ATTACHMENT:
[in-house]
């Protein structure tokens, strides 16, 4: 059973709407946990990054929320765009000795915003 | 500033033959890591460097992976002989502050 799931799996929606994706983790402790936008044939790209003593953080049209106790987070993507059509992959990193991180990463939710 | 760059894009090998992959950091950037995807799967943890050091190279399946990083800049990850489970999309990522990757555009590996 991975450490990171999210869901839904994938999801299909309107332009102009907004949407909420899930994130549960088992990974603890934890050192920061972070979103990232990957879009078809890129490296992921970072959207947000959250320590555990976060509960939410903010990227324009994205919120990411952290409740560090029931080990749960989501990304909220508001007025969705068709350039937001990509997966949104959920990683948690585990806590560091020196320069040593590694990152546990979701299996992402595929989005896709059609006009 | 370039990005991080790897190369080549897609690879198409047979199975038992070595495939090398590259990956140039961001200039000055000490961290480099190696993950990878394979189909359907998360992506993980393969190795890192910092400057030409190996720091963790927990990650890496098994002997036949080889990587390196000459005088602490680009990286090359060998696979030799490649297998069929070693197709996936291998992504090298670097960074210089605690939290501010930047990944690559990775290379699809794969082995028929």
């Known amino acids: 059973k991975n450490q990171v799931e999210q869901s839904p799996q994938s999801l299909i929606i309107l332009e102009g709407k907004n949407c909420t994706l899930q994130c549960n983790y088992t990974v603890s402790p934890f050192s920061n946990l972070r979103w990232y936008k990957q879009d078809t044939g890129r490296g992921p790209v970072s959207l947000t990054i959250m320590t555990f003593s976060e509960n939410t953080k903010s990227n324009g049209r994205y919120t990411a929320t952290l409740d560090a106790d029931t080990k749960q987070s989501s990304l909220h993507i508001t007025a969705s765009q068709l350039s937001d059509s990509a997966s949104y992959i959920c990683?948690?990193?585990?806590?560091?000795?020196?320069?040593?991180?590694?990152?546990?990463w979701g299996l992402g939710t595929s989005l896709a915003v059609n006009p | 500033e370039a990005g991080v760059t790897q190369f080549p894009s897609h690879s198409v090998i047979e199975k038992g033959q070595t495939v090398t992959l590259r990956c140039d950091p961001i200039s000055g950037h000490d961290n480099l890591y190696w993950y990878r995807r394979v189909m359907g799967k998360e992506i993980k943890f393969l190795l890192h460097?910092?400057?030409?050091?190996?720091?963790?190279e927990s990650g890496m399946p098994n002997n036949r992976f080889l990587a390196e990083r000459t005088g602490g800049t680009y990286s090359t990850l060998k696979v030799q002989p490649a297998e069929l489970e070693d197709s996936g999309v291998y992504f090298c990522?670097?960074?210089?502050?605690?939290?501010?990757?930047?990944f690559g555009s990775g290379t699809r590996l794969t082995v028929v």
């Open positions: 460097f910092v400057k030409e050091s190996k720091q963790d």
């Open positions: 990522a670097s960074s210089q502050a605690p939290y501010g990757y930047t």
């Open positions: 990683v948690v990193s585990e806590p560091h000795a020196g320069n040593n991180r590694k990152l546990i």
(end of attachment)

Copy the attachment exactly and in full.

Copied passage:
[in-house]
């Protein structure tokens, strides 16, 4: 059973709407946990990054929320765009000795915003 | 500033033959890591460097992976002989502050 799931799996929606994706983790402790936008044939790209003593953080049209106790987070993507059509992959990193991180990463939710 | 760059894009090998992959950091950037995807799967943890050091190279399946990083800049990850489970999309990522990757555009590996 991975450490990171999210869901839904994938999801299909309107332009102009907004949407909420899930994130549960088992990974603890934890050192920061972070979103990232990957879009078809890129490296992921970072959207947000959250320590555990976060509960939410903010990227324009994205919120990411952290409740560090029931080990749960989501990304909220508001007025969705068709350039937001990509997966949104959920990683948690585990806590560091020196320069040593590694990152546990979701299996992402595929989005896709059609006009 | 370039990005991080790897190369080549897609690879198409047979199975038992070595495939090398590259990956140039961001200039000055000490961290480099190696993950990878394979189909359907998360992506993980393969190795890192910092400057030409190996720091963790927990990650890496098994002997036949080889990587390196000459005088602490680009990286090359060998696979030799490649297998069929070693197709996936291998992504090298670097960074210089605690939290501010930047990944690559990775290379699809794969082995028929």
């Known amino acids: 059973k991975n450490q990171v799931e999210q869901s839904p799996q994938s999801l299909i929606i309107l332009e102009g709407k907004n949407c909420t994706l899930q994130c549960n983790y088992t990974v603890s402790p934890f050192s920061n946990l972070r979103w990232y936008k990957q879009d078809t044939g890129r490296g992921p790209v970072s959207l947000t990054i959250m320590t555990f003593s976060e509960n939410t953080k903010s990227n324009g049209r994205y919120t990411a929320t952290l409740d560090a106790d029931t080990k749960q987070s989501s990304l909220h993507i508001t007025a969705s765009q068709l350039s937001d059509s990509a997966s949104y992959i959920c990683?948690?990193?585990?806590?560091?000795?020196?320069?040593?991180?590694?990152?546990?990463w979701g299996l992402g939710t595929s989005l896709a915003v059609n006009p | 500033e370039a990005g991080v760059t790897q190369f080549p894009s897609h690879s198409v090998i047979e199975k038992g033959q070595t495939v090398t992959l590259r990956c140039d950091p961001i200039s000055g950037h000490d961290n480099l890591y190696w993950y990878r995807r394979v189909m359907g799967k998360e992506i993980k943890f393969l190795l890192h460097?910092?400057?030409?050091?190996?720091?963790?190279e927990s990650g890496m399946p098994n002997n036949r992976f080889l990587a390196e990083r000459t005088g602490g800049t680009y990286s090359t990850l060998k696979v030799q002989p490649a297998e069929l489970e070693d197709s996936g999309v291998y992504f090298c990522?670097?960074?210089?502050?605690?939290?501010?990757?930047?990944f690559g555009s990775g290379t699809r590996l794969t082995v028929v």
């Open positions: 460097f910092v400057k030409e050091s190996k720091q963790d």
């Open positions: 990522a670097s960074s210089q502050a605690p939290y501010g990757y930047t």
């Open positions: 990683v948690v990193s585990e806590p560091h000795a020196g320069n040593n991180r590694k990152l546990i």